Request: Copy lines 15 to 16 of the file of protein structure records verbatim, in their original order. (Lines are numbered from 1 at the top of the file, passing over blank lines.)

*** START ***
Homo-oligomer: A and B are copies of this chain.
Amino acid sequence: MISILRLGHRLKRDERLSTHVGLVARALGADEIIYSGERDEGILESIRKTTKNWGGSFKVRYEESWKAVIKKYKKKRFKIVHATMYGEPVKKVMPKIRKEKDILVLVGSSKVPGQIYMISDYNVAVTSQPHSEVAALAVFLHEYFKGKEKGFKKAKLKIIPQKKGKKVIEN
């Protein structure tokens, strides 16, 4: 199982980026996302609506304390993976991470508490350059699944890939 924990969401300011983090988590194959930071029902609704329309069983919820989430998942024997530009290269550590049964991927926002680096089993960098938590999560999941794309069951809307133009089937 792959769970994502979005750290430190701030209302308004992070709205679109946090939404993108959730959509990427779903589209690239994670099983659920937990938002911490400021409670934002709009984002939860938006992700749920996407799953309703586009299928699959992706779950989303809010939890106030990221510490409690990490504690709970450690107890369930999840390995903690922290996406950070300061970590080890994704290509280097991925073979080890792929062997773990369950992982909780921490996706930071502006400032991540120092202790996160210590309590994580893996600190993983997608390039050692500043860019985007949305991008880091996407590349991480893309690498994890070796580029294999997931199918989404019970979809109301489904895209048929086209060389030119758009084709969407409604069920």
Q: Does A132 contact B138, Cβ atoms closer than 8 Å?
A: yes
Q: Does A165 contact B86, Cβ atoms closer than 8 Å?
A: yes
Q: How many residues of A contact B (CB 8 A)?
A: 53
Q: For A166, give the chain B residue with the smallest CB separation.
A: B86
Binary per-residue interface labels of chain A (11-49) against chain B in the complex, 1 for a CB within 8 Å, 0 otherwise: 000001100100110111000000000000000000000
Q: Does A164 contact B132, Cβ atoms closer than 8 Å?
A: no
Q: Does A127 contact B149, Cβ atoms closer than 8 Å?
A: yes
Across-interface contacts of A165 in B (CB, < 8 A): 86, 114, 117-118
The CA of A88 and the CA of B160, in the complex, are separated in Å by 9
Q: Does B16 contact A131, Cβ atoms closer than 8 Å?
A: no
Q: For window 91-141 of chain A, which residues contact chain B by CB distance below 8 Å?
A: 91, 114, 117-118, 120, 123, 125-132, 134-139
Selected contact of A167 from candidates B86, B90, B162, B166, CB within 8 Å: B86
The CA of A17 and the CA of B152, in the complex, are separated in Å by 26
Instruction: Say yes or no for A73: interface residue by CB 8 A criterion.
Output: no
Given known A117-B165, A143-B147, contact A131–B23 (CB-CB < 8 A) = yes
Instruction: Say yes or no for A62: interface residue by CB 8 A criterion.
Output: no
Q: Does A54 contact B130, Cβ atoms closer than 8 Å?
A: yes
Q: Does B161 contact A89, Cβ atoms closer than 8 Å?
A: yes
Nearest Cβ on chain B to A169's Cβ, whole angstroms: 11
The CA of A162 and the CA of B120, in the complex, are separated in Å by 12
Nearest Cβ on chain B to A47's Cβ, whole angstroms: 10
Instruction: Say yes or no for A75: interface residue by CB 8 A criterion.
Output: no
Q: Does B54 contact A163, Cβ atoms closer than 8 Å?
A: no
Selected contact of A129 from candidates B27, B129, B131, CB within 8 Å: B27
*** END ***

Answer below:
Q: Does A127 contact B149, Cβ atoms closer than 8 Å?
A: yes